An anti-Donald Trump protest

New York, the night after the morning after

© Getty Images

Dear Cricket Monthly,

On the first day there was blinking denial. It was a grey day, a whip-cold day, and the premature gloom brought on by the end of daylight saving time lent the early afternoon an appropriately literary touch of foreboding. People walked the streets - dense with the kind of quiet that usually accompanies heavy snowfall - in support pairs or groups of three, reporting to each other the facts and little else: the latest on the popular vote ("She's winning by more than JFK in 1960"), the vote-casting mechanics of the Electoral College, the breakdown of the numbers by age, and gender, and race, and region. Then came the fury: the righteous torrents unleashed on subway station walls, on social media, in drinking sessions and apartment parties invested with a sudden, vital end-of-days significance. In crisis - the crisis of Trump, this son of the city turned Hellspawn of America - the people of New York found their meaning. Disaster, as it always does, sharpened the collective desiderata.

On the other side of the world, another crisis was taking place - smaller in global impact but no less significant to its major participants. At Bellerive Oval came the collapse that sent Australian cricket schussing to its gravest depression since the 2010-11 Ashes. Watching both calamities unfold in parallel - one a crisis of liberal democracy, the other a crisis of batting technique and poor judgement in front of the moving ball - was fascinating, and not just because I'm a New York-residing Australian whose interests in a global, rules-based liberal order and reverse swing are roughly equal. Mostly it was fascinating for the quick and obvious pleasure people take from finding themselves in the middle of imagined hard times. There is something bracing - thrilling even - about a crisis, whatever its variety.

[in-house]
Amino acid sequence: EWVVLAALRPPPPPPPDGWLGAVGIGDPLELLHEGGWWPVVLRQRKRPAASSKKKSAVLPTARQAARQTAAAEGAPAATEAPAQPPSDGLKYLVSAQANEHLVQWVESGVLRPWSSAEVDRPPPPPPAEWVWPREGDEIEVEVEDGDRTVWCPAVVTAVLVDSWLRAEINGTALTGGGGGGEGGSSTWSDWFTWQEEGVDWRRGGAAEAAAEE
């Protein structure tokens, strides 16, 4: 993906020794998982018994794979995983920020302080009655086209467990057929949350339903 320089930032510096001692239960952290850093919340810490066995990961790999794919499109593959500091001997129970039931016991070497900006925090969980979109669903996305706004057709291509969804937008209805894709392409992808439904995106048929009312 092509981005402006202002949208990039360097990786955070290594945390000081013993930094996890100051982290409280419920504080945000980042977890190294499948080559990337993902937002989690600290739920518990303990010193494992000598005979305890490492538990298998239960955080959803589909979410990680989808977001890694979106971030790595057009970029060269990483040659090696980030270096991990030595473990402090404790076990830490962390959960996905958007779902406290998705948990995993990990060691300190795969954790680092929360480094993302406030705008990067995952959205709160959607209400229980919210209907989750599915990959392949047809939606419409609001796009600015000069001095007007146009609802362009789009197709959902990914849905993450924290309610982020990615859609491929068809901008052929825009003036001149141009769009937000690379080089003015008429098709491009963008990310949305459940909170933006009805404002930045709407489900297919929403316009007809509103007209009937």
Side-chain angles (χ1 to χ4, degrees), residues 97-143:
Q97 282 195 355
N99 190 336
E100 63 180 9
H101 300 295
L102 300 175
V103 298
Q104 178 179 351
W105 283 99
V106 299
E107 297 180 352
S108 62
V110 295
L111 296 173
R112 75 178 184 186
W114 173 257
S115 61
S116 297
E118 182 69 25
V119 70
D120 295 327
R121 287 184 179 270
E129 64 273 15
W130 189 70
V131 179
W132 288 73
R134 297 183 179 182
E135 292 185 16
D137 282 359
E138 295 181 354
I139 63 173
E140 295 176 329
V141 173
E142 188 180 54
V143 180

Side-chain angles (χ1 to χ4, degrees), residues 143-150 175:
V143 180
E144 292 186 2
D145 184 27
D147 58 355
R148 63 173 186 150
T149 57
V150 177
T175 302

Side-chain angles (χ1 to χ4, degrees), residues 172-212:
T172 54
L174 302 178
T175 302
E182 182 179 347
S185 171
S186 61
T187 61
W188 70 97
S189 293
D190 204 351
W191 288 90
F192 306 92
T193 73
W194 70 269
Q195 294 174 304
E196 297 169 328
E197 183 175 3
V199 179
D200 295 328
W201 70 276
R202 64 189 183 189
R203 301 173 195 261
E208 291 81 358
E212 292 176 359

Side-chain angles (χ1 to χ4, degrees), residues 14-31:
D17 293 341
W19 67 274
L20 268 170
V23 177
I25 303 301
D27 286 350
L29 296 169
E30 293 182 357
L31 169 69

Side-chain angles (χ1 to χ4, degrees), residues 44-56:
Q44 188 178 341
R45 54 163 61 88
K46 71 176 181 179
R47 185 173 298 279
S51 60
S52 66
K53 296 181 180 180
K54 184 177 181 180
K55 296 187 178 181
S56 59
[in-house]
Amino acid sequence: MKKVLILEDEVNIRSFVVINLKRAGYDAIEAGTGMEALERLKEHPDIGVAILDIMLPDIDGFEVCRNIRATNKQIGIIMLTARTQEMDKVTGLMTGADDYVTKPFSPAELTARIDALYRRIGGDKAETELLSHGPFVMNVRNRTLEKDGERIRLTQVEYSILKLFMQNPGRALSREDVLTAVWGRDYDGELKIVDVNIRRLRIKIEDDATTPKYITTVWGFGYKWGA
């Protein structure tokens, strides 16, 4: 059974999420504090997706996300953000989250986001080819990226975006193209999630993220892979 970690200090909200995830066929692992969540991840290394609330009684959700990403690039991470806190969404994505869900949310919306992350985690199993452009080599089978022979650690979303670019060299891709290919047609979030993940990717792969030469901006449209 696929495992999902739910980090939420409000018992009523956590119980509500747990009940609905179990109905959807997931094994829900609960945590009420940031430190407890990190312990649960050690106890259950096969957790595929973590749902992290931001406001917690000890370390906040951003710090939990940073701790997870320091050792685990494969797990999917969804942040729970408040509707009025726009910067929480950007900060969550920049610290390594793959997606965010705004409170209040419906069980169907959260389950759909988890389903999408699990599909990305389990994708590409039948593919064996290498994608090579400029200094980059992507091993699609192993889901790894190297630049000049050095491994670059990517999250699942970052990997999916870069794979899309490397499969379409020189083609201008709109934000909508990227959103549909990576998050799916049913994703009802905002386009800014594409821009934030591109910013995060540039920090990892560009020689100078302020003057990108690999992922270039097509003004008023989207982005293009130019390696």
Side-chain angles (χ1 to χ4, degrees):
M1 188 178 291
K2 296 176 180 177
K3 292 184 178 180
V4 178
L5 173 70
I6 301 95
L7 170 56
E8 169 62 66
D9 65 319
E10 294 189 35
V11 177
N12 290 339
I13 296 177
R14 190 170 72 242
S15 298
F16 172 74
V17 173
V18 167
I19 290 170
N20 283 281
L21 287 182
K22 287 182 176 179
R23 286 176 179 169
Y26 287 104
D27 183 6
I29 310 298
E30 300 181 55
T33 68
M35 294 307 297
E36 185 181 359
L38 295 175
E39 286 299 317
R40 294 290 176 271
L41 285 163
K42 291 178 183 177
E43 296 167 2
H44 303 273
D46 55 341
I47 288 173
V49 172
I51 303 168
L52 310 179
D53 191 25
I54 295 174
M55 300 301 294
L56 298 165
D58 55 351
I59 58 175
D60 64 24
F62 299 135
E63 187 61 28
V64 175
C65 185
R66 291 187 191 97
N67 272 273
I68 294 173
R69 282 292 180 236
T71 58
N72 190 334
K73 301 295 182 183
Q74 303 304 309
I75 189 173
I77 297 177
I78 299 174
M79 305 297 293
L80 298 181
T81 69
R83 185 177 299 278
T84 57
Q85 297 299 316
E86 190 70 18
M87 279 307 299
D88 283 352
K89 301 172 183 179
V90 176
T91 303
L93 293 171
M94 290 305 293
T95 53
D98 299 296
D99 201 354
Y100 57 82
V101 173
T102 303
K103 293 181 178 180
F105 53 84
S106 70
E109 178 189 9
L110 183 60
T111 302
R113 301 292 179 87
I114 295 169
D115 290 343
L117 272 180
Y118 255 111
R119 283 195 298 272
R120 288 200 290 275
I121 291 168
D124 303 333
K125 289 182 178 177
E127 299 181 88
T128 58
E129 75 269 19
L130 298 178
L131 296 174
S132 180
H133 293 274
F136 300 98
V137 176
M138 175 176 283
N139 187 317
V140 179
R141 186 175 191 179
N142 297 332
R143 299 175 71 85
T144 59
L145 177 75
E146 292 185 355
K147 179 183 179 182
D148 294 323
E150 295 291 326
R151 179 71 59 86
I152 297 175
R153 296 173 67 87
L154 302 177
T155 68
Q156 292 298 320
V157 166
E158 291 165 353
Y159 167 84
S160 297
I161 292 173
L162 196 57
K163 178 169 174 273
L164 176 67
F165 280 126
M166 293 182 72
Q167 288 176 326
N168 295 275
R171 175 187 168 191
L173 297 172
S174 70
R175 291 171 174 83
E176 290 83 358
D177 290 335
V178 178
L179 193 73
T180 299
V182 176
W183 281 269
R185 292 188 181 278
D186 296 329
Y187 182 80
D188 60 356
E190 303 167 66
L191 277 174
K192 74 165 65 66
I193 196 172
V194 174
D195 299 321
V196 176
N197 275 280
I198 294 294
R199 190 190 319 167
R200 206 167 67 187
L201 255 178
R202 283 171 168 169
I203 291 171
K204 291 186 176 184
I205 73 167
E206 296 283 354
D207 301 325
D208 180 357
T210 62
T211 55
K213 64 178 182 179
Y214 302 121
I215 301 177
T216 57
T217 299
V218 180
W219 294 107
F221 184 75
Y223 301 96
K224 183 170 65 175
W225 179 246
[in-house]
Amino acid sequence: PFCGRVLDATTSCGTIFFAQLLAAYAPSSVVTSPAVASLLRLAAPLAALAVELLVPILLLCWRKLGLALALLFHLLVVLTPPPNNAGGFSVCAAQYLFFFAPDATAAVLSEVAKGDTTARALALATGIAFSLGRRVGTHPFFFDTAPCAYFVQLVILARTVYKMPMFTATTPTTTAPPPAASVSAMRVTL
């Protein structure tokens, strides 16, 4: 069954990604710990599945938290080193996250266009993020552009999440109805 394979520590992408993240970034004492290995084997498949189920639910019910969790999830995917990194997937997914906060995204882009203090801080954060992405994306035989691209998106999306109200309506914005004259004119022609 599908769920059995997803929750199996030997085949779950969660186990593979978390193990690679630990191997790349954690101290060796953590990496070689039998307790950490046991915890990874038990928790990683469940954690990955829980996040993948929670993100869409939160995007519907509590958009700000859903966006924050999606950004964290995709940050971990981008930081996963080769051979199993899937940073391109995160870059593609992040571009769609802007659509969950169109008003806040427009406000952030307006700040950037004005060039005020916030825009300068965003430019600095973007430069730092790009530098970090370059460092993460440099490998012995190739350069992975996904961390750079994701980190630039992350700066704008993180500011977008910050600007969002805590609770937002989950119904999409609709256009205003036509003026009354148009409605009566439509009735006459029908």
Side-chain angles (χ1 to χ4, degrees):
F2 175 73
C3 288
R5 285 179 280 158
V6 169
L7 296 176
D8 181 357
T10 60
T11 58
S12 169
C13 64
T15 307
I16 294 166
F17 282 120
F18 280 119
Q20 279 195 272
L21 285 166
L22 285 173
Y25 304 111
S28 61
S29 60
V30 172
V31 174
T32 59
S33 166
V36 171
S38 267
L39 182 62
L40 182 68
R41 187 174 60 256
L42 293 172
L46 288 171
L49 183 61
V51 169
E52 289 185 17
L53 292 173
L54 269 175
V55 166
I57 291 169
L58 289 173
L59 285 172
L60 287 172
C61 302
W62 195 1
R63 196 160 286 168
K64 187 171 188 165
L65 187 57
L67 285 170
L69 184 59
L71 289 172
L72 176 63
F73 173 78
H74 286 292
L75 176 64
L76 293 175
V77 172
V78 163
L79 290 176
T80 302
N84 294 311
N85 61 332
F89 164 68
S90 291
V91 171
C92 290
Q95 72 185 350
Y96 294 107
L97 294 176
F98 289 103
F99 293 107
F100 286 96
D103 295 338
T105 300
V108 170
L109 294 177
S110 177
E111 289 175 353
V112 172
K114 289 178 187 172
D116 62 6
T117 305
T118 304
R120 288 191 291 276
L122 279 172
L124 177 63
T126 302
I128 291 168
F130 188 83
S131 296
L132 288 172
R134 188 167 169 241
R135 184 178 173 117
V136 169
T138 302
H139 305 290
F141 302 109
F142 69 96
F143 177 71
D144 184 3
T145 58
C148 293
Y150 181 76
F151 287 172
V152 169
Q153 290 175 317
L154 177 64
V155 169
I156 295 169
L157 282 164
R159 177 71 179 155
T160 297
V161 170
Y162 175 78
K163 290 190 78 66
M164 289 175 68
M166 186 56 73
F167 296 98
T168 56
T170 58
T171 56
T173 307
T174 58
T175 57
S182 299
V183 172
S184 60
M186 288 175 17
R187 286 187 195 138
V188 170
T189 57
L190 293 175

When David Warner says, as he did recently of Peter Handscomb, "He bats big, he bats long time", he's not wantonly disappearing prepositions but exhibiting, if only in the realm of grammar, the type of supple thinking Australia today needs

I don't remember much of the 2012 US election, beyond the 47% comment and "binders full of women", and I remember essentially nothing of the Tests, from 1999 to 2005, in which the Australian cricket team drove its fans desperate with success; to me, they are all just one prolonged blur of double-century Hayden-Langer opening stands, with the occasional maxim from the Steve Waugh School of Disintegration thrown in for good measure. But the galumphing dexterity of VVS Laxman at Eden Gardens in 2001? The time England tore through a suddenly fragile-looking Australia in the first Ashes Test at Edgbaston in 1997 - Andy Caddick steadfast and true up one end, Darren Gough rolling in from the other, Mark Taylor left practising his square cut into the wind? The 47 all out in Cape Town? All these I remember well. Even in the more distant recesses of my memory, it's the moments of Australian failure that have the sharpest texture - Bruce Reid swung about by Allan Lamb in the final over of a Sydney one-dayer in 1987, Gordon Greenidge's shouldery heaves off the back foot through midwicket as he cudgelled his way to a double-century in 1991. To its true fans, the cricketing nation is most memorable and most cherished in the moments when it sucks.